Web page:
In some cases, each individual or couple or branch will have to do some work before the entire family comes together. Stories, life experiences, and recollections of when these values were put to the test should be shared. What has the family stood for even at personal, financial, or other cost? What has the family refused to stand for (e.g., not selling at a premium if it meant greater job losses for employees)? The family’s values are what create meaning, what create value. If they are only platitudes, then they risk merely being etched in a plaque on a wall.   The point is to give them significance by first grounding them in past stories and behavior, then move towards making them operational.
Phase 2: Translation into Enterprise Values
Next, the key is to translate and integrate these values in order to make them operational for the board of directors who are typically charged with carrying out the shareholders’ intentions and holding management accountable. This assumes that the firm has a functioning board of directors, or at least advisors, which may be true in only a minority of cases. Even if a family business does not have a functioning board of directors, then either the owners or management (who may well consist of overlapping groups), need to fulfill this governance role
In our experience, there are four fundamental questions that lead the owning family to guide the board of directors. Once the questions are explored, the board, as the legal representatives of the owning family, will be empowered to hold management accountable for creating “shareholder value,” which can be framed as how the family shareholders, building on the core questions above, would answer the following:
  • Risk tolerance: Given each owning family member’s life stage, lifestyle, values, and other related factors, what is their risk tolerance for any enterprise they engage in?

  • Commitment to business: What is each owner ready, willing, and able to contribute in terms of what family-business expert James E. Hughes calls financial, human, and intellectual capital?

  • Process-outcome values: Can the family articulate how their values, in terms of the way they act and the goals they seek, manifest in the business?

  • Intentional culture: As the business and family grow, how can the values, character, and culture of the family be explicitly implemented into the business? 
This then creates the framework to interface with the management of multiple enterprises, whether for profit or charitable. The next step is to make these values operational. 
Phase 3: Design & Operationalize for Management
The broad-based values discussion culminates in a written operational plan that will empower management and hold it accountable for fulfillment of the family’s values through the operation of the enterprise.  This document includes:
  • Business values: How do the owning family’s values translate into business values?
  • Metrics/reporting: How can we measure the relative success of these business values?
  • Cultural expectations: What will success in creating shareholder value look like, not just quantitatively but qualitatively as well?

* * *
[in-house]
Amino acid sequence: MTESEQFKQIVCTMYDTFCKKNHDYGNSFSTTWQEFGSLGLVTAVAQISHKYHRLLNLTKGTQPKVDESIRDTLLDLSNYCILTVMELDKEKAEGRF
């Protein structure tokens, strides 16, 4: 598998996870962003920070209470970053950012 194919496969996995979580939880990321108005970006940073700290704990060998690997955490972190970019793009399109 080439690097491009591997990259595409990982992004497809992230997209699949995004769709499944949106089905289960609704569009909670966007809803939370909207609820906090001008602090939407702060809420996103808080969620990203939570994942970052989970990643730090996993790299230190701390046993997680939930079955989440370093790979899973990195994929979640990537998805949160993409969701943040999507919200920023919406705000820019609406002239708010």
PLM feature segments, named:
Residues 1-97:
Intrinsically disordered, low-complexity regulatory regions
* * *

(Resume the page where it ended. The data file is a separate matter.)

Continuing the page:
This three-phase process can help the owning family’s values become cornerstones that guide management’s decisions, reporting, and assessment of performance, even as the composition of the family enterprise changes.  Incorporating the family’s values into the design of the company not only allows management and employees to work toward a higher purpose, but it also acknowledges the principle of interdependency, both within the company and between the company and its environment.  Thus it prevents a company (or its owning family) from becoming attached to a narrowly focused identity, for example, as a company that just makes film and resists the transition into digital photography. It dovetails the family’s long-term commitment to values with the necessity for rapid adaptation in times of exponential change. 
Take, for example, a family who particularly values employee relationships and innovation.  Management would be charged with reporting not just on financial performance, but also on three or four metrics for each of these values.  For instance, to measure employee relationships, the company might compare turnover rates to industry standards or monitor “regrettable turnovers” (how many people did the company lose that it wished it hadn’t?).  It might also track per-employee investment in training, employee job satisfaction surveys, or employee benefits vs. industry standards.
When measuring innovation, the company might follow the annual investment in research and development, the average time from idea to market, the success rate for new products, or even the percentage of profits each year that came from a prior year’s innovation.
Our experience shows that families who have taken the time to identify and measure values such as these necessarily create more intentional cultures that align with the family’s core ideals, and those cultures permeate more effectively through diverse and changing businesses.
In today’s exponentially changing economy, successful family enterprises must be able to adapt and deal more proactively than ever before to change, transitions, and stress. The key is to be grounded in who you are and what you want—i.e., your values—while being flexible to opportunities and challenges. Clarifying the family values is the foundation for looking at the core reasons why the family owns this particular enterprise and why this particular enterprise benefits from the family’s involvement. 
The second step in this process is to translate the family values into business values. This requires coordination among the owners, the board of directors, and the management. The third step is to implement these values into the enterprise, i.e.,  not only hold management accountable for creating value or success as the family defines it, but also create a similarly aligned culture. There is a wise saying: culture will eat strategy for breakfast every time. This values-based approach offers a clear process to intentionally cultivate the power of culture.